Warrior 2

Holding a lunge stance strengthens the legs and helps to release tight hips.

Easier: Easy Warrior

Stand at the top of the mat. Take a big step back with your right foot so that your torso faces the right side of the mat, keeping your front foot facing forward. Stand so that your back (right) heel is in line with your front (left) heel. Bend your front (left) knee slightly, so it is stacked over your ankle and facing straight ahead. Place your hands on your hips. Breathe here; repeat on the other side.

More Challenging: Warrior 2

Stand at the top of the mat. Take a big step back with your right foot so that your torso faces the right side of the mat. Line up your front (left) heel with the arch of your back (right) foot. Bend your front knee to a 90-degree angle, keeping your knee stacked over your ankle and facing straight ahead.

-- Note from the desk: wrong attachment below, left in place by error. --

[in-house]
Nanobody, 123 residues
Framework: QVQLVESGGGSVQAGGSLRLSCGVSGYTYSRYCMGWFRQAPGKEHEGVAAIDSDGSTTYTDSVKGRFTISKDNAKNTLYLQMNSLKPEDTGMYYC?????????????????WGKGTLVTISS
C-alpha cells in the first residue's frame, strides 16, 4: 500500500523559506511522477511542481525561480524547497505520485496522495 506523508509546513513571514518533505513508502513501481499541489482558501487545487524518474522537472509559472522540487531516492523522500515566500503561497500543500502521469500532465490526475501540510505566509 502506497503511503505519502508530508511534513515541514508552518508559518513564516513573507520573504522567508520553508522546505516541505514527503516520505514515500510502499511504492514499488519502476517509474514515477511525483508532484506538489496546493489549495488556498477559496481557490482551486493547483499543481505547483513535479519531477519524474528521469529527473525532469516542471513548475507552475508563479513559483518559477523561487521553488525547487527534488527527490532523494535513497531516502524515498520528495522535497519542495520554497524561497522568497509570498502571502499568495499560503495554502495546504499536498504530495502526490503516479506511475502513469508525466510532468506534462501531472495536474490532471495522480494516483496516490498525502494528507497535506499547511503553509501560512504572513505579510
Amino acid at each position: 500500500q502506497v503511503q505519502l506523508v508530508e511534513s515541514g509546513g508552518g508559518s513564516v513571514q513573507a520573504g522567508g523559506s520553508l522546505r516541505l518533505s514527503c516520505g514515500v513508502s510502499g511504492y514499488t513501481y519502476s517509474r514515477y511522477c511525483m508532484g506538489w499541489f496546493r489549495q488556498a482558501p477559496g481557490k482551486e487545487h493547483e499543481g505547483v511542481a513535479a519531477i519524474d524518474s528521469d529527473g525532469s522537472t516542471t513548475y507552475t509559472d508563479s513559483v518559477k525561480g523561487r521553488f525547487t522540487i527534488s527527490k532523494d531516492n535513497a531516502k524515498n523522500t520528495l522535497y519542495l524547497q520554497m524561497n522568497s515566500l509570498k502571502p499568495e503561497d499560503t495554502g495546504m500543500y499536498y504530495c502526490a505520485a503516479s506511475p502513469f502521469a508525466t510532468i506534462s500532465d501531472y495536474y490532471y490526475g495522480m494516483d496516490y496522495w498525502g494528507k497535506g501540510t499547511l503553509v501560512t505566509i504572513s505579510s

Raise your arms to shoulder height above your legs and reach out through your fingertips. Gaze forward over your left hand. Gently bring your front (left) hip slightly back and your back (right) hip slightly forward to deepen the stretch. Breathe here; repeat on the other side.

Tip: To ease the stretch in the hips, pivot the toes of your back foot toward the front of the mat or lessen the width of your stance.

Locust Post

Elongating through the back side of your body stretches the chest and shoulders.

Easier: Baby Cobra

Lie on your belly with your legs together. Place your hands under your shoulders with your thumbs in line with the center of your chest. Tuck your arms in close to your body, elbows pointing straight back. Press down into your hands and use your arms to lift the front of your chest, keeping the bottom of your rib cage, entire abdomen, and pubic bone on the ground. Keep your neck in line with your spine and gaze forward. Focus on elongating your body: legs reaching behind you, spine long, and elbows hugged in. Breathe here.

More Challenging: Locust Pose with Clasped Arms